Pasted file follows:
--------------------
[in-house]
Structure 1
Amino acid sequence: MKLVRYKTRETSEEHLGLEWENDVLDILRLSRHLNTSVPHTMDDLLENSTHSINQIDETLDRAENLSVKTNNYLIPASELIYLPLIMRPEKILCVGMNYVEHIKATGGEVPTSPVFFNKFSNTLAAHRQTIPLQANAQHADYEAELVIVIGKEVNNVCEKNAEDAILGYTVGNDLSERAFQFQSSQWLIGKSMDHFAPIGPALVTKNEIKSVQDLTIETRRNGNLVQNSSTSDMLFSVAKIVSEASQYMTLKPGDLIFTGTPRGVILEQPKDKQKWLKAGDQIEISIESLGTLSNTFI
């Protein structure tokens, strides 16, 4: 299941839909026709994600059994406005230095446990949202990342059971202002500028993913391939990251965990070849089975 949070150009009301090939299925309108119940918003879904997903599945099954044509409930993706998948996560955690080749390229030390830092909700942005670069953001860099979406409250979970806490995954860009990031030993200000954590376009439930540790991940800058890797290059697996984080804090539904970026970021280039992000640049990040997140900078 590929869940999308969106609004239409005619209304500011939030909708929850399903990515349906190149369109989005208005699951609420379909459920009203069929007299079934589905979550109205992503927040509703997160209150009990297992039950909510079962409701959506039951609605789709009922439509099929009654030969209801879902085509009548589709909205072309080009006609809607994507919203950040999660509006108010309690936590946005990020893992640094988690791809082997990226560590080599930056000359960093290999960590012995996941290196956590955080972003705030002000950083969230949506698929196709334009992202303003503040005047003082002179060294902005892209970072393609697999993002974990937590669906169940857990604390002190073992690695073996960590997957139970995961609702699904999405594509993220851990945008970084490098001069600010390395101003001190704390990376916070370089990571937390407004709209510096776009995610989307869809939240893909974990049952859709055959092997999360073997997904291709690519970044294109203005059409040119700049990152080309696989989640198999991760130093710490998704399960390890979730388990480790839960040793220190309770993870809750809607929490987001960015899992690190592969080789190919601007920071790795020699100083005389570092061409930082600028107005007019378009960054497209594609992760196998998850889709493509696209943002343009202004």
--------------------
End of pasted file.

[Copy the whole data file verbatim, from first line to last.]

[in-house]
Structure 1
Amino acid sequence: MKLVRYKTRETSEEHLGLEWENDVLDILRLSRHLNTSVPHTMDDLLENSTHSINQIDETLDRAENLSVKTNNYLIPASELIYLPLIMRPEKILCVGMNYVEHIKATGGEVPTSPVFFNKFSNTLAAHRQTIPLQANAQHADYEAELVIVIGKEVNNVCEKNAEDAILGYTVGNDLSERAFQFQSSQWLIGKSMDHFAPIGPALVTKNEIKSVQDLTIETRRNGNLVQNSSTSDMLFSVAKIVSEASQYMTLKPGDLIFTGTPRGVILEQPKDKQKWLKAGDQIEISIESLGTLSNTFI
């Protein structure tokens, strides 16, 4: 299941839909026709994600059994406005230095446990949202990342059971202002500028993913391939990251965990070849089975 949070150009009301090939299925309108119940918003879904997903599945099954044509409930993706998948996560955690080749390229030390830092909700942005670069953001860099979406409250979970806490995954860009990031030993200000954590376009439930540790991940800058890797290059697996984080804090539904970026970021280039992000640049990040997140900078 590929869940999308969106609004239409005619209304500011939030909708929850399903990515349906190149369109989005208005699951609420379909459920009203069929007299079934589905979550109205992503927040509703997160209150009990297992039950909510079962409701959506039951609605789709009922439509099929009654030969209801879902085509009548589709909205072309080009006609809607994507919203950040999660509006108010309690936590946005990020893992640094988690791809082997990226560590080599930056000359960093290999960590012995996941290196956590955080972003705030002000950083969230949506698929196709334009992202303003503040005047003082002179060294902005892209970072393609697999993002974990937590669906169940857990604390002190073992690695073996960590997957139970995961609702699904999405594509993220851990945008970084490098001069600010390395101003001190704390990376916070370089990571937390407004709209510096776009995610989307869809939240893909974990049952859709055959092997999360073997997904291709690519970044294109203005059409040119700049990152080309696989989640198999991760130093710490998704399960390890979730388990480790839960040793220190309770993870809750809607929490987001960015899992690190592969080789190919601007920071790795020699100083005389570092061409930082600028107005007019378009960054497209594609992760196998998850889709493509696209943002343009202004």